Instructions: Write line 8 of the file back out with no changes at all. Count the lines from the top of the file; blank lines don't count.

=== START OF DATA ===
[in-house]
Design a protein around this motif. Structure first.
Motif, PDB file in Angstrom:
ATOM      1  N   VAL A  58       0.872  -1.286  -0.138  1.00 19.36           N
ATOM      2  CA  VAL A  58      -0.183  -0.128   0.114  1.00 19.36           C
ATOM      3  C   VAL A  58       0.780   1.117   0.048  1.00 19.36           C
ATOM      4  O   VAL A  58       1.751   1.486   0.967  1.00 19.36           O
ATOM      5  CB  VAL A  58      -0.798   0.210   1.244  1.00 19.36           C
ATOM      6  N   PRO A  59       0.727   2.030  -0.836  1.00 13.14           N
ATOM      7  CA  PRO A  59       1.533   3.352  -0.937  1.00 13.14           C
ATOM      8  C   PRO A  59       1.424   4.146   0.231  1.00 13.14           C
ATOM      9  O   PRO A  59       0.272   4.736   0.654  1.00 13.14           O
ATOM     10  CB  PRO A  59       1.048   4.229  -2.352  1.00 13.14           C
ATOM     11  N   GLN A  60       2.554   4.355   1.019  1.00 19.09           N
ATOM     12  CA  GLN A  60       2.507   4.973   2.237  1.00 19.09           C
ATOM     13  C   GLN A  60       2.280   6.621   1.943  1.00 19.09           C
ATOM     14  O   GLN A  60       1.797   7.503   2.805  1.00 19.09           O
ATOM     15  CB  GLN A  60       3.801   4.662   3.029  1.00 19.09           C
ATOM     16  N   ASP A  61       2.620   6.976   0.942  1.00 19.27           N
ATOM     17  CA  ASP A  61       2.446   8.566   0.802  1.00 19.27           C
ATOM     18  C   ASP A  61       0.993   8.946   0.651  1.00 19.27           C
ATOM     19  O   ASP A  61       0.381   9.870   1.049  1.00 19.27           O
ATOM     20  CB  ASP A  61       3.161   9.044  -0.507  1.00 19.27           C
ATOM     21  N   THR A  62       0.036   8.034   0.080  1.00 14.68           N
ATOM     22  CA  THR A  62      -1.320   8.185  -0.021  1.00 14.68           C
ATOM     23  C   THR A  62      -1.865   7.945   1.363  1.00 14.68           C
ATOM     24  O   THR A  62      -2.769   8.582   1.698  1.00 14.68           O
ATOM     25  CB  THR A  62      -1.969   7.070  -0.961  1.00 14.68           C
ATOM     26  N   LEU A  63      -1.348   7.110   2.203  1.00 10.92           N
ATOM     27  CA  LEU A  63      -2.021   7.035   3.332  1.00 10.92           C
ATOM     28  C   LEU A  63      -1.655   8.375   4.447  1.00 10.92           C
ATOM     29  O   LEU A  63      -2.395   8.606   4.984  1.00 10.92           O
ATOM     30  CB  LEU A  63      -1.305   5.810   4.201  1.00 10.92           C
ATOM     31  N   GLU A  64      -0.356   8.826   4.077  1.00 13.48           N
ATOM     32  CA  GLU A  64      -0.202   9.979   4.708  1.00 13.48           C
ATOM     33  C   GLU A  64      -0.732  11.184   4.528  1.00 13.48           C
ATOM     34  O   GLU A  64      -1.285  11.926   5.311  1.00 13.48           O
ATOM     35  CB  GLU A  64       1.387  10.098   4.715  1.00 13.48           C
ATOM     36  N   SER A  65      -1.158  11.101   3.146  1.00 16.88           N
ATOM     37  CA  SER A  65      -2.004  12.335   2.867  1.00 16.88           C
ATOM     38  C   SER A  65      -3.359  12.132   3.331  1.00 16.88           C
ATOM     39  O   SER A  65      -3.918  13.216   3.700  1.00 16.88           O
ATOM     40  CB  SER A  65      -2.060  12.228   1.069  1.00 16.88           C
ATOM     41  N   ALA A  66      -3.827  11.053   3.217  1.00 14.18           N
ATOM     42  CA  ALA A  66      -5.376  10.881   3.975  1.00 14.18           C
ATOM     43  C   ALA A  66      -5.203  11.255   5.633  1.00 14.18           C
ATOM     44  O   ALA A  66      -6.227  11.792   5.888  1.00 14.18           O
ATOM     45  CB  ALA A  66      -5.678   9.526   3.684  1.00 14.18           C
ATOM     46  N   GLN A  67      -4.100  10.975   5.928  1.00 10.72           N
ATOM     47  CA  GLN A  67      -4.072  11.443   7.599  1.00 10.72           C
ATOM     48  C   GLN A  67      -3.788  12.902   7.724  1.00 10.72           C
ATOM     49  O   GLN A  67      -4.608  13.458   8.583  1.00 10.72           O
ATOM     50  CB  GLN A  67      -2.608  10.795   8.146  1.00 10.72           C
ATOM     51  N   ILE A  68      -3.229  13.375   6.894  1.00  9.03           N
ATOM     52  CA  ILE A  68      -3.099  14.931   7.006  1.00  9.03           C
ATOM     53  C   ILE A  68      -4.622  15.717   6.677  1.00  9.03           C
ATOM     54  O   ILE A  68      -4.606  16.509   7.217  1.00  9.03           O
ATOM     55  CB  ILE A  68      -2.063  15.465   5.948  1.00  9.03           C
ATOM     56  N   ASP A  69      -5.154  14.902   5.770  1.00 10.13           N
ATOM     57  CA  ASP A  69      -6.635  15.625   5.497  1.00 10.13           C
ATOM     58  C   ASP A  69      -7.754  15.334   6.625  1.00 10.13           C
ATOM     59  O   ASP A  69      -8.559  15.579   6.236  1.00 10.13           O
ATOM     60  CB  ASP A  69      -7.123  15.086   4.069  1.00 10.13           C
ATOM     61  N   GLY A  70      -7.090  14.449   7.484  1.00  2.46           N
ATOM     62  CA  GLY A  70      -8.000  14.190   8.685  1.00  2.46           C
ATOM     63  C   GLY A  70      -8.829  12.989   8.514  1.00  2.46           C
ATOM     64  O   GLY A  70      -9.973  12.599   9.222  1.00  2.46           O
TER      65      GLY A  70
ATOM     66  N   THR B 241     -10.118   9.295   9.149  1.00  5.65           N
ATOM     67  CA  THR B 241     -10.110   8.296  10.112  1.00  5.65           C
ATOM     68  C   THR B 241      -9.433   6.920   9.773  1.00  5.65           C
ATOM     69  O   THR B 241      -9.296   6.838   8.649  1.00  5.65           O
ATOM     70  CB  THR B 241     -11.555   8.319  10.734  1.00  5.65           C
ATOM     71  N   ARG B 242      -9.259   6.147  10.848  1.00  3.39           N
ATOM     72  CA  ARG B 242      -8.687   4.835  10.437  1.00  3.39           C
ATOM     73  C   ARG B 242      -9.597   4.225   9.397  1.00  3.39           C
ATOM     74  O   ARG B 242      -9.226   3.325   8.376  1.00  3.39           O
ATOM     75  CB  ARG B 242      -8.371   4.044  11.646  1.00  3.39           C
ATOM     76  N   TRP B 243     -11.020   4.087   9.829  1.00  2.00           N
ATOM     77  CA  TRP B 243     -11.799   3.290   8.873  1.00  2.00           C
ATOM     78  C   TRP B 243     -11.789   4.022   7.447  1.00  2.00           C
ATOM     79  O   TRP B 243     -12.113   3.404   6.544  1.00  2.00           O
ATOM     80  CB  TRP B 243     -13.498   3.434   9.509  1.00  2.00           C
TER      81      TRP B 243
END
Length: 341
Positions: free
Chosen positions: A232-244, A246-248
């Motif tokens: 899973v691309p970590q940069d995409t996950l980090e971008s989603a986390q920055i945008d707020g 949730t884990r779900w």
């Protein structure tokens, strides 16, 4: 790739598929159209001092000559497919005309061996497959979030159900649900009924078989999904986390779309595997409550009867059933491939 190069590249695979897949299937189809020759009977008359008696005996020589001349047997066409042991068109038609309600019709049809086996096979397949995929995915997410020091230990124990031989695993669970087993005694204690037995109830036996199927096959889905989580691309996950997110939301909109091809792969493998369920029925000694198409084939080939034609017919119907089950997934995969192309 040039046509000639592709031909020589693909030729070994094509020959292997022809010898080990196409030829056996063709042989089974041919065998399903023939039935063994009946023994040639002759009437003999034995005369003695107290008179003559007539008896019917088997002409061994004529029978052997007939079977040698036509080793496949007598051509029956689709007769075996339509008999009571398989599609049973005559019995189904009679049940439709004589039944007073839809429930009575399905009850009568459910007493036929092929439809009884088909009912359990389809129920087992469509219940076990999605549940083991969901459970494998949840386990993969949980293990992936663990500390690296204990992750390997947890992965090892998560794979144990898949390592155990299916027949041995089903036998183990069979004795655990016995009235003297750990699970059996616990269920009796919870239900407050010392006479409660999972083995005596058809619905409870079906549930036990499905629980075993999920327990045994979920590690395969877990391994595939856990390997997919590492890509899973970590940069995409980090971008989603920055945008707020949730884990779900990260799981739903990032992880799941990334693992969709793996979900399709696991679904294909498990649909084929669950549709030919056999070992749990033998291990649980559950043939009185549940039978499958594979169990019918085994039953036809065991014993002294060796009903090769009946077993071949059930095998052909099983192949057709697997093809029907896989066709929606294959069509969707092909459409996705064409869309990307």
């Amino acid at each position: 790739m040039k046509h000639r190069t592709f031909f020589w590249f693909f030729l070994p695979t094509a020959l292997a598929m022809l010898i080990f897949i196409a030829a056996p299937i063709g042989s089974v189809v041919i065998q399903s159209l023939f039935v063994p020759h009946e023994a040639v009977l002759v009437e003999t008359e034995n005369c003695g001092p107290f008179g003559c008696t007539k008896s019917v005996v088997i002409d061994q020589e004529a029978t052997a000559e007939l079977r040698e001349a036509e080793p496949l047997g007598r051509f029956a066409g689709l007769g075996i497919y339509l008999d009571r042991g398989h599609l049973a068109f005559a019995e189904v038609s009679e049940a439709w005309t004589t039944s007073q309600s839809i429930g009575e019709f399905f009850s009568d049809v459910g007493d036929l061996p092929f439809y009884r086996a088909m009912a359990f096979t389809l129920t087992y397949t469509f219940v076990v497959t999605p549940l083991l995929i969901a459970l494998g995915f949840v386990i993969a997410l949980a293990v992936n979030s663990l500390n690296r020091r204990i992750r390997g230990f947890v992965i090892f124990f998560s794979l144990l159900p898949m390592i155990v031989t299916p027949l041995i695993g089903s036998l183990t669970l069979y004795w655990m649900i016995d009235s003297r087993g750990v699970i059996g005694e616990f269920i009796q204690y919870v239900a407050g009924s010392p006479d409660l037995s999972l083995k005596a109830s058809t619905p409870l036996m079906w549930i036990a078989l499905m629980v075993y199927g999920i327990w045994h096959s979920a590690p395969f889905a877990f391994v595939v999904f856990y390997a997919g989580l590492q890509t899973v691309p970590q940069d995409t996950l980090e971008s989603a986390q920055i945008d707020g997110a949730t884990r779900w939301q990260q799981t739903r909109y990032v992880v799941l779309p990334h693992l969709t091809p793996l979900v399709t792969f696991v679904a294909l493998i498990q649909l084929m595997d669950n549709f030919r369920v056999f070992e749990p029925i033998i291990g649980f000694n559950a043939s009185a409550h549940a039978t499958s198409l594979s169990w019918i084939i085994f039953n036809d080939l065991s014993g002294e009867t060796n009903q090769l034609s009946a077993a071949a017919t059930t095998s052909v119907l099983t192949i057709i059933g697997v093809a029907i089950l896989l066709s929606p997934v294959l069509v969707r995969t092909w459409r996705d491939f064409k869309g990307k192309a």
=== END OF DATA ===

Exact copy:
ATOM      5  CB  VAL A  58      -0.798   0.210   1.244  1.00 19.36           C